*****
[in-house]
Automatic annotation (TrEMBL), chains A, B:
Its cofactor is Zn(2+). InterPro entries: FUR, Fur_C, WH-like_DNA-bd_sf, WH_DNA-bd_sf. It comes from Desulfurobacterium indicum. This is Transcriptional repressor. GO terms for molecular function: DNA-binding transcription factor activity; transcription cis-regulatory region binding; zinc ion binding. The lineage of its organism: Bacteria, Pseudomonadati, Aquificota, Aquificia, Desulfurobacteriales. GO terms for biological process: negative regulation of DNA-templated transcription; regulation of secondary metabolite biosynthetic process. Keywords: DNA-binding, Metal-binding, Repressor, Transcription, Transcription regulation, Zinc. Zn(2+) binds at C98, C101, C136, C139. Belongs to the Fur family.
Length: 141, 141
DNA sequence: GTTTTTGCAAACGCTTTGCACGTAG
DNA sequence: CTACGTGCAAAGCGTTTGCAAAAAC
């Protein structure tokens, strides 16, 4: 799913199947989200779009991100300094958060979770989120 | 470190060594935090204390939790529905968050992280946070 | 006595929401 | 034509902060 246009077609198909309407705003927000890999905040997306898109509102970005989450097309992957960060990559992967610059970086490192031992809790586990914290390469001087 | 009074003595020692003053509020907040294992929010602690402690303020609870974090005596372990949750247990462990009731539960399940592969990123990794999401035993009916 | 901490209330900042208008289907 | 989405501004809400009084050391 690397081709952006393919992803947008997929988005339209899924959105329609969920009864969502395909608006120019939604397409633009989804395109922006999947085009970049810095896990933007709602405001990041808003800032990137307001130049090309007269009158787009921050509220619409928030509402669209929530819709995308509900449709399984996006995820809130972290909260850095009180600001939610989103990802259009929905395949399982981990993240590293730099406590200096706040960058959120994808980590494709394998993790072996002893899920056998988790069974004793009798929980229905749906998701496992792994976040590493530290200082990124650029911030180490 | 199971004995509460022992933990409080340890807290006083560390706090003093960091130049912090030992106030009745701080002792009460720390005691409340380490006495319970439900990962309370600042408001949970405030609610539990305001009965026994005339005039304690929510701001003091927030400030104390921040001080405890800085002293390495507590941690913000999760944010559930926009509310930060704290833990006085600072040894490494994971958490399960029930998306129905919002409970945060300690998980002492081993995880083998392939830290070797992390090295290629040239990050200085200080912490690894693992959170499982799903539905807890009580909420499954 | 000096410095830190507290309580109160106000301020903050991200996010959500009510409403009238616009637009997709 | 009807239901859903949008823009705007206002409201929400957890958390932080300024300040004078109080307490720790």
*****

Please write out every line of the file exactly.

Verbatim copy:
[in-house]
Automatic annotation (TrEMBL), chains A, B:
Its cofactor is Zn(2+). InterPro entries: FUR, Fur_C, WH-like_DNA-bd_sf, WH_DNA-bd_sf. It comes from Desulfurobacterium indicum. This is Transcriptional repressor. GO terms for molecular function: DNA-binding transcription factor activity; transcription cis-regulatory region binding; zinc ion binding. The lineage of its organism: Bacteria, Pseudomonadati, Aquificota, Aquificia, Desulfurobacteriales. GO terms for biological process: negative regulation of DNA-templated transcription; regulation of secondary metabolite biosynthetic process. Keywords: DNA-binding, Metal-binding, Repressor, Transcription, Transcription regulation, Zinc. Zn(2+) binds at C98, C101, C136, C139. Belongs to the Fur family.
Length: 141, 141
DNA sequence: GTTTTTGCAAACGCTTTGCACGTAG
DNA sequence: CTACGTGCAAAGCGTTTGCAAAAAC
């Protein structure tokens, strides 16, 4: 799913199947989200779009991100300094958060979770989120 | 470190060594935090204390939790529905968050992280946070 | 006595929401 | 034509902060 246009077609198909309407705003927000890999905040997306898109509102970005989450097309992957960060990559992967610059970086490192031992809790586990914290390469001087 | 009074003595020692003053509020907040294992929010602690402690303020609870974090005596372990949750247990462990009731539960399940592969990123990794999401035993009916 | 901490209330900042208008289907 | 989405501004809400009084050391 690397081709952006393919992803947008997929988005339209899924959105329609969920009864969502395909608006120019939604397409633009989804395109922006999947085009970049810095896990933007709602405001990041808003800032990137307001130049090309007269009158787009921050509220619409928030509402669209929530819709995308509900449709399984996006995820809130972290909260850095009180600001939610989103990802259009929905395949399982981990993240590293730099406590200096706040960058959120994808980590494709394998993790072996002893899920056998988790069974004793009798929980229905749906998701496992792994976040590493530290200082990124650029911030180490 | 199971004995509460022992933990409080340890807290006083560390706090003093960091130049912090030992106030009745701080002792009460720390005691409340380490006495319970439900990962309370600042408001949970405030609610539990305001009965026994005339005039304690929510701001003091927030400030104390921040001080405890800085002293390495507590941690913000999760944010559930926009509310930060704290833990006085600072040894490494994971958490399960029930998306129905919002409970945060300690998980002492081993995880083998392939830290070797992390090295290629040239990050200085200080912490690894693992959170499982799903539905807890009580909420499954 | 000096410095830190507290309580109160106000301020903050991200996010959500009510409403009238616009637009997709 | 009807239901859903949008823009705007206002409201929400957890958390932080300024300040004078109080307490720790």